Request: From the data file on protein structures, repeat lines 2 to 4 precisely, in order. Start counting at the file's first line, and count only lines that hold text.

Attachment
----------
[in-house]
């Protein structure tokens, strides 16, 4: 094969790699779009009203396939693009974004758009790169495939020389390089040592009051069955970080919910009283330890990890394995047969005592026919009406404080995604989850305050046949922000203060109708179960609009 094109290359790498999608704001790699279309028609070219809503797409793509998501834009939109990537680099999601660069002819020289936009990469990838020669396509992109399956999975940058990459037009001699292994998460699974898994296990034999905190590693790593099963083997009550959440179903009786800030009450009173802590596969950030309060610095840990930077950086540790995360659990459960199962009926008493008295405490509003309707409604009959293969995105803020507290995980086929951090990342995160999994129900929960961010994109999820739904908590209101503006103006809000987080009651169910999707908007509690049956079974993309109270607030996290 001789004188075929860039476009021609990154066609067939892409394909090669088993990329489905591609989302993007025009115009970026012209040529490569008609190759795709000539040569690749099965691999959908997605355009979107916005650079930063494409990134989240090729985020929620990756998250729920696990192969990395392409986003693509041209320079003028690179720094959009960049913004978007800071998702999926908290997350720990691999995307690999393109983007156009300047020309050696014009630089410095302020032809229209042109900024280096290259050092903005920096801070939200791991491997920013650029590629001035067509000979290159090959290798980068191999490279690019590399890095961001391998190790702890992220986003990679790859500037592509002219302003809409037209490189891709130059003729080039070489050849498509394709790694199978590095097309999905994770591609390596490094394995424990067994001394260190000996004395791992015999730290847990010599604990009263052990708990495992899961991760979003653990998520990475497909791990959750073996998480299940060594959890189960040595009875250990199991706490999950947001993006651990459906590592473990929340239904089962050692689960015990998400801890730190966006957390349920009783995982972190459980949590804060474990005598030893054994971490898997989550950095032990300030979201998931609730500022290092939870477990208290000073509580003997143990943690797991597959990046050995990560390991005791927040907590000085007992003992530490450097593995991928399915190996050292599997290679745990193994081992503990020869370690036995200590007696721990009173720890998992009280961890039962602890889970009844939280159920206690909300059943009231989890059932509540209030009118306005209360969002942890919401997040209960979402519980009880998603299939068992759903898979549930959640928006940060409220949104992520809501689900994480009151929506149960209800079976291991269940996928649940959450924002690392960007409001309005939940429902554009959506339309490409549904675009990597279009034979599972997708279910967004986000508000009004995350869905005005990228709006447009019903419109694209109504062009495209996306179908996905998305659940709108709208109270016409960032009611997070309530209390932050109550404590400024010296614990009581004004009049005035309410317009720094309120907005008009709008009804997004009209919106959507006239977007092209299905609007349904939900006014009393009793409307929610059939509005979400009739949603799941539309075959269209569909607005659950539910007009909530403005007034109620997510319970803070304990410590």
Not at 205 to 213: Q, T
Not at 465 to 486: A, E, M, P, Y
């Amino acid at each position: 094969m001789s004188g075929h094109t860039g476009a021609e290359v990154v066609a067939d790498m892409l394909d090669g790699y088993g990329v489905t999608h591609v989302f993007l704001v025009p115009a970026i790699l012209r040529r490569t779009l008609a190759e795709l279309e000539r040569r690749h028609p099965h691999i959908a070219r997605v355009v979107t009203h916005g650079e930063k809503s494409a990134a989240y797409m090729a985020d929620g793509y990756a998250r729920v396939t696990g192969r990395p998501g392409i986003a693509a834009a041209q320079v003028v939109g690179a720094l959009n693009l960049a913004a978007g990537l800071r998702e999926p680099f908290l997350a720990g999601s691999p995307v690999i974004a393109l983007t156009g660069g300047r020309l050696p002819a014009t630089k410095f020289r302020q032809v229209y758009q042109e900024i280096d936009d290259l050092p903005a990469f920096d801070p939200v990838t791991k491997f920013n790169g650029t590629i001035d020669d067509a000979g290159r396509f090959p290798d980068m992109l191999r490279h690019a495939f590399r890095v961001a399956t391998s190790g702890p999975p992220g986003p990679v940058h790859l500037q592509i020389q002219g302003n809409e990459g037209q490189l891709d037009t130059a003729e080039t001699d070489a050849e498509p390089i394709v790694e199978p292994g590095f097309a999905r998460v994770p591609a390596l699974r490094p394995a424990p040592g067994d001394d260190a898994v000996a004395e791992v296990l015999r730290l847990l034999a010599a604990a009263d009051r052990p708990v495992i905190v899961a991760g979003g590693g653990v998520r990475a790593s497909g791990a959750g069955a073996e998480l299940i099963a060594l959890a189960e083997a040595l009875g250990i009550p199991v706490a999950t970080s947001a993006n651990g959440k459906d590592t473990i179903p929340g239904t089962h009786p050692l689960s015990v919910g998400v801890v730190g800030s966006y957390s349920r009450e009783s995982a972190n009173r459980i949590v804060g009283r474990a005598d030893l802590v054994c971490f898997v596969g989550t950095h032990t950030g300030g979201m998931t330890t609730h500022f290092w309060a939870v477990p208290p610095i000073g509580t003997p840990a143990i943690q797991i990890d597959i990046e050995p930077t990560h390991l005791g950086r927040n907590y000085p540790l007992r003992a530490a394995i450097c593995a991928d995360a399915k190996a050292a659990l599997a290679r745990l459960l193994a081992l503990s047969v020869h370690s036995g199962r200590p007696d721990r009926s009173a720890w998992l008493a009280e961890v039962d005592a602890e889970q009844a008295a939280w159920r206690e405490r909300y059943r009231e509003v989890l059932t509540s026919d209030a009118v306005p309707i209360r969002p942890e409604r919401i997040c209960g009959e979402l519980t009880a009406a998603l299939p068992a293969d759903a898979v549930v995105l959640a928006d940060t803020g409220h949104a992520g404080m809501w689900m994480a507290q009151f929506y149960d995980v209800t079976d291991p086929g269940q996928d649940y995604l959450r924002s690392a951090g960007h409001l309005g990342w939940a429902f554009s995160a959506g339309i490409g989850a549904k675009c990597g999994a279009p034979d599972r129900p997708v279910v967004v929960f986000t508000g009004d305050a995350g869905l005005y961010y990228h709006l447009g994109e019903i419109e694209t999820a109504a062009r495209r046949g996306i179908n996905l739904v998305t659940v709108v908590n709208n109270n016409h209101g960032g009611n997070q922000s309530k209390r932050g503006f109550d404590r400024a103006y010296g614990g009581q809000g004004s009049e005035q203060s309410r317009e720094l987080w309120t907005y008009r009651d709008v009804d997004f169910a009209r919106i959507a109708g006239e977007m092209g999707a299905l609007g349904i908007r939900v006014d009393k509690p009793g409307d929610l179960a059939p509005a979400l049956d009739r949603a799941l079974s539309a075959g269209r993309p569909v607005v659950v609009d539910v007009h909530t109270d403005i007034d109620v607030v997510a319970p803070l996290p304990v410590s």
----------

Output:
């Protein structure tokens, strides 16, 4: 094969790699779009009203396939693009974004758009790169495939020389390089040592009051069955970080919910009283330890990890394995047969005592026919009406404080995604989850305050046949922000203060109708179960609009 094109290359790498999608704001790699279309028609070219809503797409793509998501834009939109990537680099999601660069002819020289936009990469990838020669396509992109399956999975940058990459037009001699292994998460699974898994296990034999905190590693790593099963083997009550959440179903009786800030009450009173802590596969950030309060610095840990930077950086540790995360659990459960199962009926008493008295405490509003309707409604009959293969995105803020507290995980086929951090990342995160999994129900929960961010994109999820739904908590209101503006103006809000987080009651169910999707908007509690049956079974993309109270607030996290 001789004188075929860039476009021609990154066609067939892409394909090669088993990329489905591609989302993007025009115009970026012209040529490569008609190759795709000539040569690749099965691999959908997605355009979107916005650079930063494409990134989240090729985020929620990756998250729920696990192969990395392409986003693509041209320079003028690179720094959009960049913004978007800071998702999926908290997350720990691999995307690999393109983007156009300047020309050696014009630089410095302020032809229209042109900024280096290259050092903005920096801070939200791991491997920013650029590629001035067509000979290159090959290798980068191999490279690019590399890095961001391998190790702890992220986003990679790859500037592509002219302003809409037209490189891709130059003729080039070489050849498509394709790694199978590095097309999905994770591609390596490094394995424990067994001394260190000996004395791992015999730290847990010599604990009263052990708990495992899961991760979003653990998520990475497909791990959750073996998480299940060594959890189960040595009875250990199991706490999950947001993006651990459906590592473990929340239904089962050692689960015990998400801890730190966006957390349920009783995982972190459980949590804060474990005598030893054994971490898997989550950095032990300030979201998931609730500022290092939870477990208290000073509580003997143990943690797991597959990046050995990560390991005791927040907590000085007992003992530490450097593995991928399915190996050292599997290679745990193994081992503990020869370690036995200590007696721990009173720890998992009280961890039962602890889970009844939280159920206690909300059943009231989890059932509540209030009118306005209360969002942890919401997040209960979402519980009880998603299939068992759903898979549930959640928006940060409220949104992520809501689900994480009151929506149960209800079976291991269940996928649940959450924002690392960007409001309005939940429902554009959506339309490409549904675009990597279009034979599972997708279910967004986000508000009004995350869905005005990228709006447009019903419109694209109504062009495209996306179908996905998305659940709108709208109270016409960032009611997070309530209390932050109550404590400024010296614990009581004004009049005035309410317009720094309120907005008009709008009804997004009209919106959507006239977007092209299905609007349904939900006014009393009793409307929610059939509005979400009739949603799941539309075959269209569909607005659950539910007009909530403005007034109620997510319970803070304990410590």
Not at 205 to 213: Q, T
Not at 465 to 486: A, E, M, P, Y